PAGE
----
When you get right down to it, we're all made of subatomic particles like quarks and photons. I was just marveling at the fact that we can actually detect subatomic particles with giant particle accelerators and detectors.
There are several different kinds of accelerators and detectors, but they share basic principles. Particles, like electrons or atomic nuclei, are collected and then shot at close to the speed of light through metal pipes that can stretch for miles underground.
To reach these speeds, the particles are pushed by electric waves that are generated by devices called klystrons, which are like very powerful microwave ovens. Giant electromagnets steer the particles and keep them focused in a narrow beam.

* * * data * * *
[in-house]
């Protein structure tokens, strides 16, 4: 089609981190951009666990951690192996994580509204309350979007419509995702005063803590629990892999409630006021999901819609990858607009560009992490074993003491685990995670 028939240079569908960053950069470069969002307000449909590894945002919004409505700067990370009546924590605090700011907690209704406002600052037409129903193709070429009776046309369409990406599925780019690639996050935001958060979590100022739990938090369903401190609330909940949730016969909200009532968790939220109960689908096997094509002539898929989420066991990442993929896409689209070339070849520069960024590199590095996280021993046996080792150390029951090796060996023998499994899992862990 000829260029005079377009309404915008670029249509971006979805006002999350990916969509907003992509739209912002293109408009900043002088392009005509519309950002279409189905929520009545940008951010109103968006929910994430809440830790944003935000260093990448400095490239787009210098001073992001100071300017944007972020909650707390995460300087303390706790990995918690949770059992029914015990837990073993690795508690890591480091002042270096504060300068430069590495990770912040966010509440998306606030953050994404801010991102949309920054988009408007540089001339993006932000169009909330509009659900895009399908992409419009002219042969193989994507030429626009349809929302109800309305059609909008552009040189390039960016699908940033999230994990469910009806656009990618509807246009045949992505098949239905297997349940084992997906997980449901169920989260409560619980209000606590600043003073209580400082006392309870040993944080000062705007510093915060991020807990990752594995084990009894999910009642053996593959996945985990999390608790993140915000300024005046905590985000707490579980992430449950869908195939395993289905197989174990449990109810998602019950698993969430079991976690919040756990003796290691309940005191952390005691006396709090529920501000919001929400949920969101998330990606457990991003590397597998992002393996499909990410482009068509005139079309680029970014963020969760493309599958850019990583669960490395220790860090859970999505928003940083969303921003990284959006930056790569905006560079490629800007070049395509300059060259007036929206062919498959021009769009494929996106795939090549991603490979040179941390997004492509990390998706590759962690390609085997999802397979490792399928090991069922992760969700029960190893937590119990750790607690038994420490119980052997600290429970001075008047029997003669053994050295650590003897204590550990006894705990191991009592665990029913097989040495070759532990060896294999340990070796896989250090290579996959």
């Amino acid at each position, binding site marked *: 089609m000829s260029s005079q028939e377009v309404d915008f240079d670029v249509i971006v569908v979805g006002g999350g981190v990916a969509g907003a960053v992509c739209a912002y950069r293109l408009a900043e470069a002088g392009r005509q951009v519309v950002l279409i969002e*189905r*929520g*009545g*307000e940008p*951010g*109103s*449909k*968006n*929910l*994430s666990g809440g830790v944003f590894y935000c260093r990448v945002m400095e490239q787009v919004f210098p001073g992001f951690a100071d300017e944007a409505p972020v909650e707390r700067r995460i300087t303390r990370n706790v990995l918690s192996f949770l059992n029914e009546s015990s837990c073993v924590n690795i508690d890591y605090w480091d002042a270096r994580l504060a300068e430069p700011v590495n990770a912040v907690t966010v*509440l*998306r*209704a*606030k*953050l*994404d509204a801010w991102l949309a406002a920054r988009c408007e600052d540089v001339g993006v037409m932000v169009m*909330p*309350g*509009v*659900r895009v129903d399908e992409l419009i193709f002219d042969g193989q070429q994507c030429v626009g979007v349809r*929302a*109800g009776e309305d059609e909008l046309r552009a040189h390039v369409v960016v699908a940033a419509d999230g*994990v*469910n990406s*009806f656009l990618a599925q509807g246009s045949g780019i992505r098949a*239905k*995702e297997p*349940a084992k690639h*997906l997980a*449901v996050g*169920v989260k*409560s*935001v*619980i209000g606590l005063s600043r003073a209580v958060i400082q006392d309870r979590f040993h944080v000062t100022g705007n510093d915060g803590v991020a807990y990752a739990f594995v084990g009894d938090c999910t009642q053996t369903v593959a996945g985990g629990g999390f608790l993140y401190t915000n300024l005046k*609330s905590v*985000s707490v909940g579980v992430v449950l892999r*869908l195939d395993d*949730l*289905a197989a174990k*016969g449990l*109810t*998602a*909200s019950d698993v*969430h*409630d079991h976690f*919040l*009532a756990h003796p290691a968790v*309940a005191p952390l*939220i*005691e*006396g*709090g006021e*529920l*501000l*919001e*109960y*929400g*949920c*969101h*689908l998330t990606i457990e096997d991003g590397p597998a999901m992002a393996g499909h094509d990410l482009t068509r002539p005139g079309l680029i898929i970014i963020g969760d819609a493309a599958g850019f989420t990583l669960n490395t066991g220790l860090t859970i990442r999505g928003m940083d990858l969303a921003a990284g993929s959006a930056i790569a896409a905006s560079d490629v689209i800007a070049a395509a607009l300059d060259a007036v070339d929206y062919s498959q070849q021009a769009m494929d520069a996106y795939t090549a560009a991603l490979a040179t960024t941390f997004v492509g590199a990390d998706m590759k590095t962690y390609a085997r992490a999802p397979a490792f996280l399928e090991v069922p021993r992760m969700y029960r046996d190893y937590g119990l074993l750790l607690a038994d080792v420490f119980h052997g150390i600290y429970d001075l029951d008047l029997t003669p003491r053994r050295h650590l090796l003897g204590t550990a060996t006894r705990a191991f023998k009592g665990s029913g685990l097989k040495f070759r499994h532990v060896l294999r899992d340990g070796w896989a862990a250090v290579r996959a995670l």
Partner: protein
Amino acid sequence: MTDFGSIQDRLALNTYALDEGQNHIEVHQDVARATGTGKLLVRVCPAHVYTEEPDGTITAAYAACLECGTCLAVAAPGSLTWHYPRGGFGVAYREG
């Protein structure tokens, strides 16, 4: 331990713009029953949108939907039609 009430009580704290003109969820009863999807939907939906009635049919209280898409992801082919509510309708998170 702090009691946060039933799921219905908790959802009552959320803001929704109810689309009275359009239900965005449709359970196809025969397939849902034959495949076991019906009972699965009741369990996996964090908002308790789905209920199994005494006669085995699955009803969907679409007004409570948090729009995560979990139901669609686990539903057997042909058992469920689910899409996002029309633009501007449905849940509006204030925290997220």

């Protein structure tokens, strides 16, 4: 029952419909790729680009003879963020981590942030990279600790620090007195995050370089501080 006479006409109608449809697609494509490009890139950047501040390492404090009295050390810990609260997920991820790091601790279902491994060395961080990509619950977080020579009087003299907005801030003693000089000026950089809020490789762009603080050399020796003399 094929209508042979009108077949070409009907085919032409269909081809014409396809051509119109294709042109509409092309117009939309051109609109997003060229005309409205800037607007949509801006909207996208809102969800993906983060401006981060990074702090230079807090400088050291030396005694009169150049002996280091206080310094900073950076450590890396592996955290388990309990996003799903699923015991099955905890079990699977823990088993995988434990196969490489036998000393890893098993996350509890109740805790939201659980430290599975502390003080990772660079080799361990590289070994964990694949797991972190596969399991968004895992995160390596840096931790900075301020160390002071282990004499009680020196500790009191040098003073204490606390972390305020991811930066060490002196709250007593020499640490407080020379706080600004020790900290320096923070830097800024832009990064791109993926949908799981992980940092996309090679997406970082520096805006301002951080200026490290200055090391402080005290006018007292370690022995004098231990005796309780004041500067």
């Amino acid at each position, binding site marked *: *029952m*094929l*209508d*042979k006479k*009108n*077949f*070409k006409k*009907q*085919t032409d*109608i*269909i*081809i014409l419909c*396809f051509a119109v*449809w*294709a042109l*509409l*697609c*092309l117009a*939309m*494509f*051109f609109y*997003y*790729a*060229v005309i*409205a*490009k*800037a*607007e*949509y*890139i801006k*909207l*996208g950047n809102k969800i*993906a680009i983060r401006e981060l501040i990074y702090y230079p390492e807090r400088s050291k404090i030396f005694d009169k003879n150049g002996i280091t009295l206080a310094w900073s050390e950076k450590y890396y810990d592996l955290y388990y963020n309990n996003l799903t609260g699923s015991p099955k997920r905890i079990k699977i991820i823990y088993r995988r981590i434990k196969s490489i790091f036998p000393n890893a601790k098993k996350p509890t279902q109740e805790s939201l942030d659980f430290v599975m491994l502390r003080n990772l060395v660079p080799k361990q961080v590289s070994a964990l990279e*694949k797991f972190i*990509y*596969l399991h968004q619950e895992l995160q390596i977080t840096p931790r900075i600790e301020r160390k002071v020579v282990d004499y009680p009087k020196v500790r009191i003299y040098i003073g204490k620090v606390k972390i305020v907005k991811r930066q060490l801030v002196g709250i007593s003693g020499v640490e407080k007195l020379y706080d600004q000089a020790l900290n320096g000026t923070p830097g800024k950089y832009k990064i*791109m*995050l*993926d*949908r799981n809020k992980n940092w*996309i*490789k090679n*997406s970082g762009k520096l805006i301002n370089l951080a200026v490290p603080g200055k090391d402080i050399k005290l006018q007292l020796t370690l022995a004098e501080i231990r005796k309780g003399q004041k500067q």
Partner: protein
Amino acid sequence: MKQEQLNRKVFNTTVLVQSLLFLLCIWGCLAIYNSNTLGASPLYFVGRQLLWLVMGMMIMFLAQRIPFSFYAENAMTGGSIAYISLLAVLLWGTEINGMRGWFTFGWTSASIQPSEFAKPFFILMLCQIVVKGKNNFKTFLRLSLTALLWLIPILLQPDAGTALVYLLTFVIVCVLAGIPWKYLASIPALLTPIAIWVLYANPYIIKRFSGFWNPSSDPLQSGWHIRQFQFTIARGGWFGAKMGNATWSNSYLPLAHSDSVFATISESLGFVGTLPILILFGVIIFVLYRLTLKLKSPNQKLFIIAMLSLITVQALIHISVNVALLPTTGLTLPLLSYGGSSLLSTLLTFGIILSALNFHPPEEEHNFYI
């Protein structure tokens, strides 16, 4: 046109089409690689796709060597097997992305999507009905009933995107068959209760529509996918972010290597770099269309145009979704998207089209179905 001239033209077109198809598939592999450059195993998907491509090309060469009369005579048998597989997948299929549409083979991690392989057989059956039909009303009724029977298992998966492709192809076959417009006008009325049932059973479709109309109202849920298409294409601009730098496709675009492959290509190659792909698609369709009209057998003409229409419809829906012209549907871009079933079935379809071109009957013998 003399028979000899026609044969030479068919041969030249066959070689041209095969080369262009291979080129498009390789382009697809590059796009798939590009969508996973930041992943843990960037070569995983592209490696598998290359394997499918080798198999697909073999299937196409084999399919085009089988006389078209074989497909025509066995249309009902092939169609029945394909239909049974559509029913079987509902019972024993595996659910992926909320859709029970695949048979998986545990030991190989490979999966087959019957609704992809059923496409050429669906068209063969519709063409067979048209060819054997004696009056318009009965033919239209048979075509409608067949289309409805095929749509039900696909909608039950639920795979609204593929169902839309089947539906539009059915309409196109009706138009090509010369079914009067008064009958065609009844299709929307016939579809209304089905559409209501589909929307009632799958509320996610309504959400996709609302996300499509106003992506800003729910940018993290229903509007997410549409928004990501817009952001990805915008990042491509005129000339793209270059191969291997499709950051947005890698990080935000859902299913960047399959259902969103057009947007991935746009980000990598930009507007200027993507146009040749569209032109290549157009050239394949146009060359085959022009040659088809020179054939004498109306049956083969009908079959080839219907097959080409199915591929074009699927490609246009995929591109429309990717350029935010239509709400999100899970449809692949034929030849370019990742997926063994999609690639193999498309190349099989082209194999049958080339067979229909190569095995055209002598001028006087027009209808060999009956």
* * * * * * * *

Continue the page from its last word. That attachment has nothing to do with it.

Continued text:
When the high-energy beam slams into a thin piece of foil or another beam traveling in the opposite direction, the impact breaks the particles apart. Then the stuff they're made of--quarks, gluons and so on--shoot out and become visible for a minute fraction of a second.
You can't actually see them, but detectors positioned near where the particles come apart can record traces. Some detectors use liquids that vaporize almost instantly when particles pass through, leaving behind telltale bubble tracks. By analyzing the tracks, physicists are able to piece together what these particles are and how they work.